The SPRINT-2 trial [8] was a double-blind study which randomly assigned adults with untreated hepatitis C virus, genotype 1, to one of three groups. Each group received a month of peginterferon alfa-2b and ribavirin before being randomized to one of three arms. The first arm received placebo plus peginterferon-ribavirin for 44 weeks, the second arm received boceprevir plus plus peginterferon-ribavirin for 24 weeks, and those with a detectable HCV RNA level between weeks 8 and 24 received placebo plus plus peginterferon-ribavirin for an additional 20 weeks, and the third arm received boceprevir plus plus peginterferon-ribavirin for 44 weeks. Black patients and nonblack patients were enrolled and analyzed separately, since black patients have been shown to respond less well to antiviral therapy with peginterferon plus ribavirin than nonblacks.[9] In all, 938 nonblack and 159 black patients were enrolled in the study.

At 44 weeks, among the nonblack cohort, a 40% sustained virologic response (125 of 311 patients) occurred in the placebo group, a 67% response (211 of 316 patients) in the response-guided boceprevir group, and a 68% response (214 of 311 patients) in the fixed-duration therapy group. Important side effects included anemia and dysgeusia (distortion of the sense of taste).

RESPOND-2 trial[edit]

The RESPOND-2 trial[10] studied patients with chronic hepatitis C genotype 1 who did not have a sustained response to therapy with peginterferon-ribavirin therapy. All patients received a month of peginterferon alfa-2b and ribavirin before being randomized to one of three arms. The first arm received placebo plus peginterferon-ribavirin for 44 weeks. The second group received boceprevir plus peginterferon-ribavirin for 32 weeks, and those with a detectable HCV RNA level at week 8 received peginterferon-ribavirin and placebo for another 12 weeks. The third group received boceprevir and peginterferon-ribavirin for 44 weeks.

Four hundred and three people were treated in the trial. At 44 weeks, the control group had a lower sustained virologic response rate (21%) than either of the groups treated with boceprevir - 59% sustained viral response for the group with response-guided therapy and 66% response for the group with fixed-duration therapy.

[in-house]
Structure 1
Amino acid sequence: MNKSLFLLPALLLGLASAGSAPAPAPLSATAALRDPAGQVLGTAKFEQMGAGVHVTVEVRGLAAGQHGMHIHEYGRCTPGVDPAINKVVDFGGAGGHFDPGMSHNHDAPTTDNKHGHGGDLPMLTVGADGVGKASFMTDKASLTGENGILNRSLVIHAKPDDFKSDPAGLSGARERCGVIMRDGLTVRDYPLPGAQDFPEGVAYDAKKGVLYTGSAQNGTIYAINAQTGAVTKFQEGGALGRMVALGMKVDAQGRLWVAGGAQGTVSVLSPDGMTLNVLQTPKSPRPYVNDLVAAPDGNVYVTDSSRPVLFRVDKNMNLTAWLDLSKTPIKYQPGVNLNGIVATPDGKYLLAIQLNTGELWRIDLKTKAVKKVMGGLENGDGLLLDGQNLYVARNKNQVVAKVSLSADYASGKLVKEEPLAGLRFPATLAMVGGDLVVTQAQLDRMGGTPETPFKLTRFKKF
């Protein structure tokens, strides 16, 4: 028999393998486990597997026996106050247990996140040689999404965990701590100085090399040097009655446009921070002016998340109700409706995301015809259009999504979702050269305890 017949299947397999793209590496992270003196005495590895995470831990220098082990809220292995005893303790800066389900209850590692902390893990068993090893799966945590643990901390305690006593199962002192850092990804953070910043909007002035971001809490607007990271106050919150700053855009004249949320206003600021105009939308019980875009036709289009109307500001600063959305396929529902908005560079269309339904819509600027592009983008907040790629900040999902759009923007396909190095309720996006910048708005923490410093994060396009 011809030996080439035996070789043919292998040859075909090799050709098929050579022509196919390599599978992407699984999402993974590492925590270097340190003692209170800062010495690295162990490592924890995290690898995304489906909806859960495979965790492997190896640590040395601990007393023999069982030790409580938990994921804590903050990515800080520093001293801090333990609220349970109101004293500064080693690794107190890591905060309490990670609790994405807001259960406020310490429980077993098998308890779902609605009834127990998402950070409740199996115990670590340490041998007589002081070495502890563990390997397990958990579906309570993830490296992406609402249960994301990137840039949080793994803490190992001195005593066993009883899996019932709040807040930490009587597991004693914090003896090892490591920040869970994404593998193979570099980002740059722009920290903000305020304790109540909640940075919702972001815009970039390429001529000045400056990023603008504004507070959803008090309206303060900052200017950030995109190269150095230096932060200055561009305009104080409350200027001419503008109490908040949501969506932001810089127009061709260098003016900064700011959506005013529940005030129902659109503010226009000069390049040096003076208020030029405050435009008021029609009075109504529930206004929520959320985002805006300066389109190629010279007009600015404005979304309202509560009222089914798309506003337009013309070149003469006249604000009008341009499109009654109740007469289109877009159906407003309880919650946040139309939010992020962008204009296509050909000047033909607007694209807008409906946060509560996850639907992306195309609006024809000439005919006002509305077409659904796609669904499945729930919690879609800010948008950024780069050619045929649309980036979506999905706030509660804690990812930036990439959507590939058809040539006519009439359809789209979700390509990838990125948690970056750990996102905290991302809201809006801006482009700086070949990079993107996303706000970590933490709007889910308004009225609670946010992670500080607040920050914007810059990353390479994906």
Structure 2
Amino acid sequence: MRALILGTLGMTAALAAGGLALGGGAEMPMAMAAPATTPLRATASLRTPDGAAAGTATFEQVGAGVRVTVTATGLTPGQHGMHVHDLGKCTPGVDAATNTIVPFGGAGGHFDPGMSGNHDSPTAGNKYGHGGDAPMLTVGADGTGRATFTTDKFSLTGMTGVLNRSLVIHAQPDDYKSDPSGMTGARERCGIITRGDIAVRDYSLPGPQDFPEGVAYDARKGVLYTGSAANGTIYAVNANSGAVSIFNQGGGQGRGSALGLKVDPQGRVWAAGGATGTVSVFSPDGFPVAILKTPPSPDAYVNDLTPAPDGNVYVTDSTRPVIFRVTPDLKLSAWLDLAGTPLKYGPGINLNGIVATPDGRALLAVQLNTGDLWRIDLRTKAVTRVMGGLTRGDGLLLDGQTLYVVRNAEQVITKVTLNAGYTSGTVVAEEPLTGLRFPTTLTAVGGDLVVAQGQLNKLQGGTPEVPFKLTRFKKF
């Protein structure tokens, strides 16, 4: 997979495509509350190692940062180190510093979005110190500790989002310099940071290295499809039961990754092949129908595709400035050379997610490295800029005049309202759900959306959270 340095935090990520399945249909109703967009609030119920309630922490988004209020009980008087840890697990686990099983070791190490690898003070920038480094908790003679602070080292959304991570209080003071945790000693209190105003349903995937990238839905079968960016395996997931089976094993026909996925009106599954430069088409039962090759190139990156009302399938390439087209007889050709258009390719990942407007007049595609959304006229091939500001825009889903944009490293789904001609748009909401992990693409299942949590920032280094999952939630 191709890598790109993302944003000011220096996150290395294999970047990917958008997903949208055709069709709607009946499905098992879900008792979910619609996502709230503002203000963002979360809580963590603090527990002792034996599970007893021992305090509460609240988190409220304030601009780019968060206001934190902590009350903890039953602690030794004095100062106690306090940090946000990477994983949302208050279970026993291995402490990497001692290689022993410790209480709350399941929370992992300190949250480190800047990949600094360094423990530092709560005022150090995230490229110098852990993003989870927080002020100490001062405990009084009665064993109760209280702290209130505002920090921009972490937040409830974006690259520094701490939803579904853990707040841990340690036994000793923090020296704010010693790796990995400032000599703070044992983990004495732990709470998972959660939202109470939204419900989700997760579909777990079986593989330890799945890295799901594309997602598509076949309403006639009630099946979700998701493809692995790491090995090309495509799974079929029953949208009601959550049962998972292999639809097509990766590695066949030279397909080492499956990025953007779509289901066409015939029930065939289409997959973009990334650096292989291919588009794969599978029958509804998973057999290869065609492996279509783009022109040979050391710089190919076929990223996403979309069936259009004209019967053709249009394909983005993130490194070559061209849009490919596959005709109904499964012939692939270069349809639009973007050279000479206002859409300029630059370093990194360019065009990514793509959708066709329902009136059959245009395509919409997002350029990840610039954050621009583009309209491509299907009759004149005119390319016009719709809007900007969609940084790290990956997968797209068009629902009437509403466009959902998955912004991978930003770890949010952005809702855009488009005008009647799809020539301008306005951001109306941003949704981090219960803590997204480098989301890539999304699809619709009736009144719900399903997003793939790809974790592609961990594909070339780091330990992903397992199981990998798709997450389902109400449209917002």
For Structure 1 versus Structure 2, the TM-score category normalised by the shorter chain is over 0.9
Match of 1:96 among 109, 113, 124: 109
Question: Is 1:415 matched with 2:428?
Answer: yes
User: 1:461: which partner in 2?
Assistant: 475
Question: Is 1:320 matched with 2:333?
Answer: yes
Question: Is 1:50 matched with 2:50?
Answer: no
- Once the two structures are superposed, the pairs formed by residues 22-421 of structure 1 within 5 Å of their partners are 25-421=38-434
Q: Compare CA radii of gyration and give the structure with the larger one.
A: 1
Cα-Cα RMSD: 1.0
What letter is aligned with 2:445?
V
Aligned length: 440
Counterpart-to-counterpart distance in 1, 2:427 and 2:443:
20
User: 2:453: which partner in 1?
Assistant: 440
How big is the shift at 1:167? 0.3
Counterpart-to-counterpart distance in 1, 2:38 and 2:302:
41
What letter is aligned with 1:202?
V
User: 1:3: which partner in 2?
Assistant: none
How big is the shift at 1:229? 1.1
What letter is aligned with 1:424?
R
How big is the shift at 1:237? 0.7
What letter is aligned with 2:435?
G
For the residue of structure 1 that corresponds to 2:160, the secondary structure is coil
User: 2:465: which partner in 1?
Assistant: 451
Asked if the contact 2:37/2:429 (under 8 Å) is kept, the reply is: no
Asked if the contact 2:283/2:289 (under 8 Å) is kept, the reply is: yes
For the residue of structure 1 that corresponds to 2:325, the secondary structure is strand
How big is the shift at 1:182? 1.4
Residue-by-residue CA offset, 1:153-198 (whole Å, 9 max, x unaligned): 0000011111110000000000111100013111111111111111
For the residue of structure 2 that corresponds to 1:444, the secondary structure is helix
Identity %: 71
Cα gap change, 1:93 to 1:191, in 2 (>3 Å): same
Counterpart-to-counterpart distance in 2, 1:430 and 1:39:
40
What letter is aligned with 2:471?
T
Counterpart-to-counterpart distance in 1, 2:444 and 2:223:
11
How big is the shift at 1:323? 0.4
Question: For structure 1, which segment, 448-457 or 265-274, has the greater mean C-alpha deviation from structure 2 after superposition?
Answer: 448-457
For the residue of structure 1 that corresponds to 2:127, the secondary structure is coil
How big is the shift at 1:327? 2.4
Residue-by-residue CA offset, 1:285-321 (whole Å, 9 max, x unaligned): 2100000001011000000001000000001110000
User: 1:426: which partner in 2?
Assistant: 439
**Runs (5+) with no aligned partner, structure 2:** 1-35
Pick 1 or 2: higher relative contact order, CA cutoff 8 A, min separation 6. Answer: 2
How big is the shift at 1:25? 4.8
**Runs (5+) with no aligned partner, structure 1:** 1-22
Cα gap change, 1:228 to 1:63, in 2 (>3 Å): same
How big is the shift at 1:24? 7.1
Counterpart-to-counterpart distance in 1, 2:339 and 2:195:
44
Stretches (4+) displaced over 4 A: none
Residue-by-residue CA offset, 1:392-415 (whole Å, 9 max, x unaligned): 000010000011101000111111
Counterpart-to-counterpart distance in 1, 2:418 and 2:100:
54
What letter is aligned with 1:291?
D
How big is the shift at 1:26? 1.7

See also[edit]

  • Telaprevir, a similar agent for the treatment of hepatitis C

References[edit]

  1. ^ a b Kiser JJ, Burton JR, Anderson PL, Everson GT (May 2012). "Review and Management of Drug Interactions with Boceprevir and Telaprevir". Hepatology 55 (5): 1620–8. doi:10.1002/hep.25653. PMC 3345276. 
  2. ^ Degertekin B, Lok AS (May 2008). "Update on viral hepatitis: 2007". Curr. Opin. Gastroenterol. 24 (3): 306–11. doi:10.1097/MOG.0b013e3282f70285. PMID 18408458. 
  3. ^ Njoroge FG, Chen KX, Shih NY, Piwinski JJ (January 2008). "Challenges in modern drug discovery: a case study of boceprevir, an HCV protease inhibitor for the treatment of hepatitis C virus infection". Acc. Chem. Res. 41 (1): 50–9. doi:10.1021/ar700109k. PMID 18193821. 
  4. ^ "Boceprevir - FDA Antiviral Drugs". FDA. FDA. April 2011. Retrieved April 2014. 
  5. ^ a b "Interim Results from Boceprevir Phase II Study in Genotype 1 Treatment-Naive Hepatitis C Patients Presented At EASL - Forbes.com" (Press release). Forbes.com. Retrieved 2008-05-19. 
  6. ^ "FDA Approves Merck's VICTRELIS™ (boceprevir), First-in-Class Oral Hepatitis C Virus (HCV) Protease Inhibitor" (Press release). Merck & Co. Retrieved 2011-05-14. 
  7. ^ http://www.hcvadvocate.org/news/reports/EASL_2009/Advocate_EASL_2009_Coverage.htm
  8. ^ Poordad, F, et al. (March 2011). "Boceprevir for Untreated Chronic HCV Genotype 1 Infection". N Engl J Med. 364 (13): 1195–206. doi:10.1056/NEJMoa1010494. PMID 21449783. 
  9. ^ Jensen, D (March 2011). "A New Era of Hepatitis C Therapy Begins". N Engl J Med. 364 (13): 1272–1273. doi:10.1056/NEJMe1100829. PMID 21449791. 
  10. ^ Bacon, B, et al. (March 2011). "Boceprevir for Previously Treated Chronic HCV Genotype 1 Infection". N Engl J Med. 364 (13): 1207–17. doi:10.1056/NEJMoa1009482. PMC 3153125. PMID 21449784.